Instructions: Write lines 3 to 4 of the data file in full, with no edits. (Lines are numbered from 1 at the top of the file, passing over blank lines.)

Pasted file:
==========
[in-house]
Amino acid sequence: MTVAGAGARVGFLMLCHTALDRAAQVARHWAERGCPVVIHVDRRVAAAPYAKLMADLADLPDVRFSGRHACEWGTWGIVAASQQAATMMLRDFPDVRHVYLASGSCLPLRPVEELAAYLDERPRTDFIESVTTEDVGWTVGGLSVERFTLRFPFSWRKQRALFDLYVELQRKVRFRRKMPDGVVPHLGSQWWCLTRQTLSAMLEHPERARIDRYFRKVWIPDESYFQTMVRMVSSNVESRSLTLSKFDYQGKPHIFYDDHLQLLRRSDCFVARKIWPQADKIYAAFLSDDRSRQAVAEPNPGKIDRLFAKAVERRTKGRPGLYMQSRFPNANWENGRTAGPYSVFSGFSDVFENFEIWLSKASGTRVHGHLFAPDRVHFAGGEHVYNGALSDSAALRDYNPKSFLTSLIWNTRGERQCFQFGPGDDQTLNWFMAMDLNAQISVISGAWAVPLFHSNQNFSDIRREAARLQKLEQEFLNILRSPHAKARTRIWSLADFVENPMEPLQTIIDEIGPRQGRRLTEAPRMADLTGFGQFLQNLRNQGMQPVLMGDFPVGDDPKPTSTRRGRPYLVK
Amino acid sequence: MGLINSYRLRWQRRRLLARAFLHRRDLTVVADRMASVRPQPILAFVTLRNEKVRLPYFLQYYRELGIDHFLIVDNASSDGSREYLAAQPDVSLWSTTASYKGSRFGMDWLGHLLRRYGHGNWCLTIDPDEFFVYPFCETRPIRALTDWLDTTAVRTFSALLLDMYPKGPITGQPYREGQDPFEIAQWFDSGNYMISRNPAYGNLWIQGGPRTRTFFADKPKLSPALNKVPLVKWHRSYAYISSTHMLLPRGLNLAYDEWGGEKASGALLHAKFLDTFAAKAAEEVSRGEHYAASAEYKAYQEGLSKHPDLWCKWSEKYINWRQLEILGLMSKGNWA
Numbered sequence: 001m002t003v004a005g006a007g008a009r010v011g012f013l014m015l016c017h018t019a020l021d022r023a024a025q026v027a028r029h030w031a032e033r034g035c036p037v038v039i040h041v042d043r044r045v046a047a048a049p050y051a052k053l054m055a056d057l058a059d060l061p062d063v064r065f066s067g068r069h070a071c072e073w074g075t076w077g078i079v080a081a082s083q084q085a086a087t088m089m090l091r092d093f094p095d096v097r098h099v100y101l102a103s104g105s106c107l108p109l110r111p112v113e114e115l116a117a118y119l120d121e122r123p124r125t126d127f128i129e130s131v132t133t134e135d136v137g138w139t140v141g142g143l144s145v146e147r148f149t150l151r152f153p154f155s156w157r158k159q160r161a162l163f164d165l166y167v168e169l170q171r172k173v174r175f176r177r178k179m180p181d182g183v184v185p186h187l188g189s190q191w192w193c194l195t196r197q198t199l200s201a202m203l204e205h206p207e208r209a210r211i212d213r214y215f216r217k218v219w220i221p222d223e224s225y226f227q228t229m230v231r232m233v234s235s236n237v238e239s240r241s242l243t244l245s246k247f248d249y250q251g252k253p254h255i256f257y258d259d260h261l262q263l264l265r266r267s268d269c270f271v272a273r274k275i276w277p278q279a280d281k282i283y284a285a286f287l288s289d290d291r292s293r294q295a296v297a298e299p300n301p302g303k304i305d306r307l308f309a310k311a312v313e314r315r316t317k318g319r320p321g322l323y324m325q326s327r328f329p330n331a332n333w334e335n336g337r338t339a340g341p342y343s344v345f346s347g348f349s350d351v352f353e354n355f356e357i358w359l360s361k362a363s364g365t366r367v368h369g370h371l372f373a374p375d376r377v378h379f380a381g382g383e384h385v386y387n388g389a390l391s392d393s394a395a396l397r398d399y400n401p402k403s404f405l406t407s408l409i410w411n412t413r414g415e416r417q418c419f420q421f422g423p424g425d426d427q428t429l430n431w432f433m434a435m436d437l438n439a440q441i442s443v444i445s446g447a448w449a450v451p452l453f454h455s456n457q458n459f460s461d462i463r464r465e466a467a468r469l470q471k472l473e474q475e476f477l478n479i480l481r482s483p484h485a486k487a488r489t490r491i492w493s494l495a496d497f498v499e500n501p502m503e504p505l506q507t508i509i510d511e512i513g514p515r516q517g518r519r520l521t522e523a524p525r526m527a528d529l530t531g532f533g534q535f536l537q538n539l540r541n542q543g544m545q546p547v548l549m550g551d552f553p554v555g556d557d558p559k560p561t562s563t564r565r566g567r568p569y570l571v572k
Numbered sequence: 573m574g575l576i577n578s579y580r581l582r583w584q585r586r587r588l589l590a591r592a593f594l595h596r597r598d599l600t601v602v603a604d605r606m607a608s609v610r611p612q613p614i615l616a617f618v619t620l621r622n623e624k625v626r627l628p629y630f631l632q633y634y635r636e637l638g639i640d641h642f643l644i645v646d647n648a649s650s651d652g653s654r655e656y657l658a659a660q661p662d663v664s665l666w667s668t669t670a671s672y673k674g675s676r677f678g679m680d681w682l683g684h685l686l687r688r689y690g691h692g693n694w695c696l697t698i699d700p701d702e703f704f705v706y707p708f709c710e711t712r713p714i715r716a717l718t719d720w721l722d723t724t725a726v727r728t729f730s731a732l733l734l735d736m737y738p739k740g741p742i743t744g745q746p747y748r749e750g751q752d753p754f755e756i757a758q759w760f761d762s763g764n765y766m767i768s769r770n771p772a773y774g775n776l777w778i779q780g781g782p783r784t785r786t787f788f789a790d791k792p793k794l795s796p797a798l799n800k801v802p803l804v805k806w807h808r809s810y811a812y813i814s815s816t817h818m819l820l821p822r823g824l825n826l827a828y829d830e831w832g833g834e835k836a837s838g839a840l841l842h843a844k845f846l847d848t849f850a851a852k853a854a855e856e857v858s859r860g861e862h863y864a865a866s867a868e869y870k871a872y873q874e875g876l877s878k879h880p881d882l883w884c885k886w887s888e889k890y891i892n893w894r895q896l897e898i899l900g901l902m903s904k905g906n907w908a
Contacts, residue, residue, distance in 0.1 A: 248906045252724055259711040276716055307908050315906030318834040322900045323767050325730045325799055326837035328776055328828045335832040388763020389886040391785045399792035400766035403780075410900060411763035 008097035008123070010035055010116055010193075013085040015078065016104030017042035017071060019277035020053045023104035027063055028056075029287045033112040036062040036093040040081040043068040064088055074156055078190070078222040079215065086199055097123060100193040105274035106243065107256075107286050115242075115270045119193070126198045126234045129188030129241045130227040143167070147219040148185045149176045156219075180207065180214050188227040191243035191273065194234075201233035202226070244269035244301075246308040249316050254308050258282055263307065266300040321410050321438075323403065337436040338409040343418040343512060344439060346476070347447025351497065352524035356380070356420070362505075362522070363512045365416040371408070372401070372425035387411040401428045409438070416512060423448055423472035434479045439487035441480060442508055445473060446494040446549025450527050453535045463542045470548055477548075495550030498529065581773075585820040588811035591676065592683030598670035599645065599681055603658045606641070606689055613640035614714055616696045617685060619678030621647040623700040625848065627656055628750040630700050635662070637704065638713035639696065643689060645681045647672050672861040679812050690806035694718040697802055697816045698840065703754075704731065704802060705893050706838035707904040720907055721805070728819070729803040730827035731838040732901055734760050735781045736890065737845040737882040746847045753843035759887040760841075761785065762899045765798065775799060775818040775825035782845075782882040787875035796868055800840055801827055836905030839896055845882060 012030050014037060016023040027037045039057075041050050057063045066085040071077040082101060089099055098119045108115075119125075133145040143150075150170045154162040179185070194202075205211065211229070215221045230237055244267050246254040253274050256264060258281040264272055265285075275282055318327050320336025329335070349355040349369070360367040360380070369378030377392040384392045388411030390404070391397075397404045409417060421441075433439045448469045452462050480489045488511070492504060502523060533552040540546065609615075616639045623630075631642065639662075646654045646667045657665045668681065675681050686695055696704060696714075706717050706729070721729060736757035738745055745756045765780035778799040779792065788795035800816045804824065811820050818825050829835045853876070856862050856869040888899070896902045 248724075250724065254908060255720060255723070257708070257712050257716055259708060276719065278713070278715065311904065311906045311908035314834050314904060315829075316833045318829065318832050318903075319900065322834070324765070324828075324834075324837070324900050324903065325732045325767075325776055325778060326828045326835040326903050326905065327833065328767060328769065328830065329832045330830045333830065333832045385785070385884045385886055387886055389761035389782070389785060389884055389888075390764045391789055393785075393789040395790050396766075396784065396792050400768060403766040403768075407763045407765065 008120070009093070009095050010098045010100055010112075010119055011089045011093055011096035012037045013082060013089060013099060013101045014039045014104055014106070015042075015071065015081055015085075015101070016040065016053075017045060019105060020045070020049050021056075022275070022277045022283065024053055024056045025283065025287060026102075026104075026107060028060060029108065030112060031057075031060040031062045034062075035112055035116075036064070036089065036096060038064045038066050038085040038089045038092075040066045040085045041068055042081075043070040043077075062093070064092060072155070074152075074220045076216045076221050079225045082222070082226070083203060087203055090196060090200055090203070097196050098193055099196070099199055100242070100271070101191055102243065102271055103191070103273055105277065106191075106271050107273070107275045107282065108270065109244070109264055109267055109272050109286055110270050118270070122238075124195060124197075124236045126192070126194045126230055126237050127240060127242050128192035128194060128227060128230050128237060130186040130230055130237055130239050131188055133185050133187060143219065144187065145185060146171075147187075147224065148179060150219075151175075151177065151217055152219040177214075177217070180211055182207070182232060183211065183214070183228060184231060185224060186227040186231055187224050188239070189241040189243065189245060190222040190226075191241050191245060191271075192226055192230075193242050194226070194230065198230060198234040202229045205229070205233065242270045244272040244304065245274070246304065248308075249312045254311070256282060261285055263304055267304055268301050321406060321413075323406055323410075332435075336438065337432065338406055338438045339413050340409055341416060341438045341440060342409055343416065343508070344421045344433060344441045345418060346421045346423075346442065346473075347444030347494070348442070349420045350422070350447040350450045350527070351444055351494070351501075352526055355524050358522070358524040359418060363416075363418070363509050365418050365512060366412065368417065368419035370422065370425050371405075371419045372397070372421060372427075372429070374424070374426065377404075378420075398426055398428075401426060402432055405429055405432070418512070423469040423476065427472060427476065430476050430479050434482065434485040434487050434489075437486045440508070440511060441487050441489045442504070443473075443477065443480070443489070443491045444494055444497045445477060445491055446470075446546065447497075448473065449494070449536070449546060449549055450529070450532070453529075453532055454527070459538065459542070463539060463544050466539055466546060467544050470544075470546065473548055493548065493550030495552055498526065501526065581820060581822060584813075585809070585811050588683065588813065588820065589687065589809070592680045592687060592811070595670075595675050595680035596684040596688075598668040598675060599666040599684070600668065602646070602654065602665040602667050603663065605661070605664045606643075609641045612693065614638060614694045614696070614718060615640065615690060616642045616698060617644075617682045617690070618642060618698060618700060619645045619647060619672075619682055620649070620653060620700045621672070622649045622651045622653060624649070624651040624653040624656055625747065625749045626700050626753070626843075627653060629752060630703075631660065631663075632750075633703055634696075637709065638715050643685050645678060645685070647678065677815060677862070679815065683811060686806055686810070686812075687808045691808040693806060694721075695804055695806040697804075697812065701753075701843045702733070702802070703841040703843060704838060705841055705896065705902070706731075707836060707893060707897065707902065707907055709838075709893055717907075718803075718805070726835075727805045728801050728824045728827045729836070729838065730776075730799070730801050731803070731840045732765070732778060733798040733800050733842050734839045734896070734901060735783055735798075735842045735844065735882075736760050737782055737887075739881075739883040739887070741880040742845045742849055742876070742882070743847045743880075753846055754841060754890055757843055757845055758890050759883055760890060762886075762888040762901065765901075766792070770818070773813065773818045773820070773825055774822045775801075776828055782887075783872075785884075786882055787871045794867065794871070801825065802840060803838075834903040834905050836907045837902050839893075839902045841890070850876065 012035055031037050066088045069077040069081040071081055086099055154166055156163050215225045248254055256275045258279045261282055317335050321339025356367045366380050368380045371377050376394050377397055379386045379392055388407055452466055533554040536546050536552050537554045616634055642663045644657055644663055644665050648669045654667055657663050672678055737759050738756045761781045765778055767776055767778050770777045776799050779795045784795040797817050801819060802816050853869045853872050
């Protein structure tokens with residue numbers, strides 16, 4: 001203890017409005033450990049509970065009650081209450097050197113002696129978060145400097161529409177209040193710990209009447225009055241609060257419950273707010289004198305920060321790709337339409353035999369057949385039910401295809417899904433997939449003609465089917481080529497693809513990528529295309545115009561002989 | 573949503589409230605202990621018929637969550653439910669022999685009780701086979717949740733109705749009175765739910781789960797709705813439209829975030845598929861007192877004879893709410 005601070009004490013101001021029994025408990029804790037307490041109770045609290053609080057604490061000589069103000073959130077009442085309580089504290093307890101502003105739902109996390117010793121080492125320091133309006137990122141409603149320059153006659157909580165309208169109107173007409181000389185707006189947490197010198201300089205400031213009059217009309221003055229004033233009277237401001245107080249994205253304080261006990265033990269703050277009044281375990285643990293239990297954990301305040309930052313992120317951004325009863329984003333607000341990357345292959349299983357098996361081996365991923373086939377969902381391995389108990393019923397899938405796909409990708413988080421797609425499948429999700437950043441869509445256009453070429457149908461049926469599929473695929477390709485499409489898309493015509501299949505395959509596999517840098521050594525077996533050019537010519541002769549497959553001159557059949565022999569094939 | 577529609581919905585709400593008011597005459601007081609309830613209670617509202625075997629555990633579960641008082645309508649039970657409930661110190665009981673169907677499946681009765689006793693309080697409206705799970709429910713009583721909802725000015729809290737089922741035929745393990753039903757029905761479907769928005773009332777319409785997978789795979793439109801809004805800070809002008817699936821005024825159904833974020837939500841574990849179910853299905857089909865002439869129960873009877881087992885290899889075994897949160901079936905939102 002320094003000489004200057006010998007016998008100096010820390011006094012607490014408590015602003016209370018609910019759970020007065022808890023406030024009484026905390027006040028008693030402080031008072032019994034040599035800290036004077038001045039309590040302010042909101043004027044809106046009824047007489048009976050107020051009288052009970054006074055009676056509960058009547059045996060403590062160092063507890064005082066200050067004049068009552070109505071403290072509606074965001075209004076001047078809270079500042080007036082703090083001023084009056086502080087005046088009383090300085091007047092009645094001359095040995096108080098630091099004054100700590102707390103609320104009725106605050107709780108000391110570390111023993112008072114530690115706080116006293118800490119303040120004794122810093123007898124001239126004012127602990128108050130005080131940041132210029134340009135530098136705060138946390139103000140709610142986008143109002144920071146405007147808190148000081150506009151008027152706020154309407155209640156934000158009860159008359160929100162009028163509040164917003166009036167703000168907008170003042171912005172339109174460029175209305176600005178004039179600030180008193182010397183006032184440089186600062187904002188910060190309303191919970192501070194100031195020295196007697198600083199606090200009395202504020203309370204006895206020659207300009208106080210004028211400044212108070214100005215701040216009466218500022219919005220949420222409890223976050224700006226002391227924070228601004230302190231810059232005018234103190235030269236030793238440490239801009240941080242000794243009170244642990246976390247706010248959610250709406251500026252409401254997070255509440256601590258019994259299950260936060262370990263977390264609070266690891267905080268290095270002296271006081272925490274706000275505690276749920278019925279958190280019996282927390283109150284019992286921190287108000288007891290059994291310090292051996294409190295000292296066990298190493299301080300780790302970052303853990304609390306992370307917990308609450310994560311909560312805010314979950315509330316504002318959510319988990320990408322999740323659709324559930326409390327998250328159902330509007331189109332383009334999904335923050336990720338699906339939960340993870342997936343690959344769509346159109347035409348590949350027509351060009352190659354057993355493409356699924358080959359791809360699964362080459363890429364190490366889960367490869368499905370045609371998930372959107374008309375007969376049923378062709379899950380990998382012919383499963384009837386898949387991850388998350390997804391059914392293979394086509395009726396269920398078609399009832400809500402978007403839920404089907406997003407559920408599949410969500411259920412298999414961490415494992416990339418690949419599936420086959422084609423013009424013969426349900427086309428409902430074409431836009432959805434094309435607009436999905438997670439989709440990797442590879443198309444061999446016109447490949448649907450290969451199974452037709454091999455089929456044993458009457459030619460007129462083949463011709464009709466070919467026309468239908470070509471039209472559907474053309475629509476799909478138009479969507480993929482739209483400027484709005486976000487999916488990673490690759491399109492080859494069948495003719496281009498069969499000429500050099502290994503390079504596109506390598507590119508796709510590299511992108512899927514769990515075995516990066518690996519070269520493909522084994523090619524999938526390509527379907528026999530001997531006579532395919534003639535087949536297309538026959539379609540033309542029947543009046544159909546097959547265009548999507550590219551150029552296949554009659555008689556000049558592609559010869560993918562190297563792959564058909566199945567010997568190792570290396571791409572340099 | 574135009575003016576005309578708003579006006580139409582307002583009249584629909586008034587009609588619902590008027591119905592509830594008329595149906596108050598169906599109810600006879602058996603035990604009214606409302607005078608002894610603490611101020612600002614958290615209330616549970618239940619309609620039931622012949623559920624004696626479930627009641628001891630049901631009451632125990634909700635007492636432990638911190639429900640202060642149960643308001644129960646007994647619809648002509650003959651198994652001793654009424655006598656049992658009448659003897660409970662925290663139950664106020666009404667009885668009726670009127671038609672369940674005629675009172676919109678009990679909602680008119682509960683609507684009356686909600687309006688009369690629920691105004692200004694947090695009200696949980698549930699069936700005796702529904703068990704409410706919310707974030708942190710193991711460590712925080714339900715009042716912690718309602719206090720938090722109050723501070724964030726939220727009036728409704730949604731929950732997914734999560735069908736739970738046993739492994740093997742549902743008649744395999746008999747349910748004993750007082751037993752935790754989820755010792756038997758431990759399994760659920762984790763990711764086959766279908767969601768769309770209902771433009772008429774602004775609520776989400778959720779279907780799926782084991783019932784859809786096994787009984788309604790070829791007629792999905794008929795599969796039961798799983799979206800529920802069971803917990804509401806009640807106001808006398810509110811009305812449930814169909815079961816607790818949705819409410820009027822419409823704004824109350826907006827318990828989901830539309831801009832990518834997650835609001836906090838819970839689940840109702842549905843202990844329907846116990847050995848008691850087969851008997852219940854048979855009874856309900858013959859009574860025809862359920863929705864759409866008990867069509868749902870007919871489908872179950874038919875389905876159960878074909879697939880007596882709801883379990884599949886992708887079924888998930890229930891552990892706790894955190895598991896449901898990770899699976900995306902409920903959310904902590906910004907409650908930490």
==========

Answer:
Amino acid sequence: MGLINSYRLRWQRRRLLARAFLHRRDLTVVADRMASVRPQPILAFVTLRNEKVRLPYFLQYYRELGIDHFLIVDNASSDGSREYLAAQPDVSLWSTTASYKGSRFGMDWLGHLLRRYGHGNWCLTIDPDEFFVYPFCETRPIRALTDWLDTTAVRTFSALLLDMYPKGPITGQPYREGQDPFEIAQWFDSGNYMISRNPAYGNLWIQGGPRTRTFFADKPKLSPALNKVPLVKWHRSYAYISSTHMLLPRGLNLAYDEWGGEKASGALLHAKFLDTFAAKAAEEVSRGEHYAASAEYKAYQEGLSKHPDLWCKWSEKYINWRQLEILGLMSKGNWA
Numbered sequence: 001m002t003v004a005g006a007g008a009r010v011g012f013l014m015l016c017h018t019a020l021d022r023a024a025q026v027a028r029h030w031a032e033r034g035c036p037v038v039i040h041v042d043r044r045v046a047a048a049p050y051a052k053l054m055a056d057l058a059d060l061p062d063v064r065f066s067g068r069h070a071c072e073w074g075t076w077g078i079v080a081a082s083q084q085a086a087t088m089m090l091r092d093f094p095d096v097r098h099v100y101l102a103s104g105s106c107l108p109l110r111p112v113e114e115l116a117a118y119l120d121e122r123p124r125t126d127f128i129e130s131v132t133t134e135d136v137g138w139t140v141g142g143l144s145v146e147r148f149t150l151r152f153p154f155s156w157r158k159q160r161a162l163f164d165l166y167v168e169l170q171r172k173v174r175f176r177r178k179m180p181d182g183v184v185p186h187l188g189s190q191w192w193c194l195t196r197q198t199l200s201a202m203l204e205h206p207e208r209a210r211i212d213r214y215f216r217k218v219w220i221p222d223e224s225y226f227q228t229m230v231r232m233v234s235s236n237v238e239s240r241s242l243t244l245s246k247f248d249y250q251g252k253p254h255i256f257y258d259d260h261l262q263l264l265r266r267s268d269c270f271v272a273r274k275i276w277p278q279a280d281k282i283y284a285a286f287l288s289d290d291r292s293r294q295a296v297a298e299p300n301p302g303k304i305d306r307l308f309a310k311a312v313e314r315r316t317k318g319r320p321g322l323y324m325q326s327r328f329p330n331a332n333w334e335n336g337r338t339a340g341p342y343s344v345f346s347g348f349s350d351v352f353e354n355f356e357i358w359l360s361k362a363s364g365t366r367v368h369g370h371l372f373a374p375d376r377v378h379f380a381g382g383e384h385v386y387n388g389a390l391s392d393s394a395a396l397r398d399y400n401p402k403s404f405l406t407s408l409i410w411n412t413r414g415e416r417q418c419f420q421f422g423p424g425d426d427q428t429l430n431w432f433m434a435m436d437l438n439a440q441i442s443v444i445s446g447a448w449a450v451p452l453f454h455s456n457q458n459f460s461d462i463r464r465e466a467a468r469l470q471k472l473e474q475e476f477l478n479i480l481r482s483p484h485a486k487a488r489t490r491i492w493s494l495a496d497f498v499e500n501p502m503e504p505l506q507t508i509i510d511e512i513g514p515r516q517g518r519r520l521t522e523a524p525r526m527a528d529l530t531g532f533g534q535f536l537q538n539l540r541n542q543g544m545q546p547v548l549m550g551d552f553p554v555g556d557d558p559k560p561t562s563t564r565r566g567r568p569y570l571v572k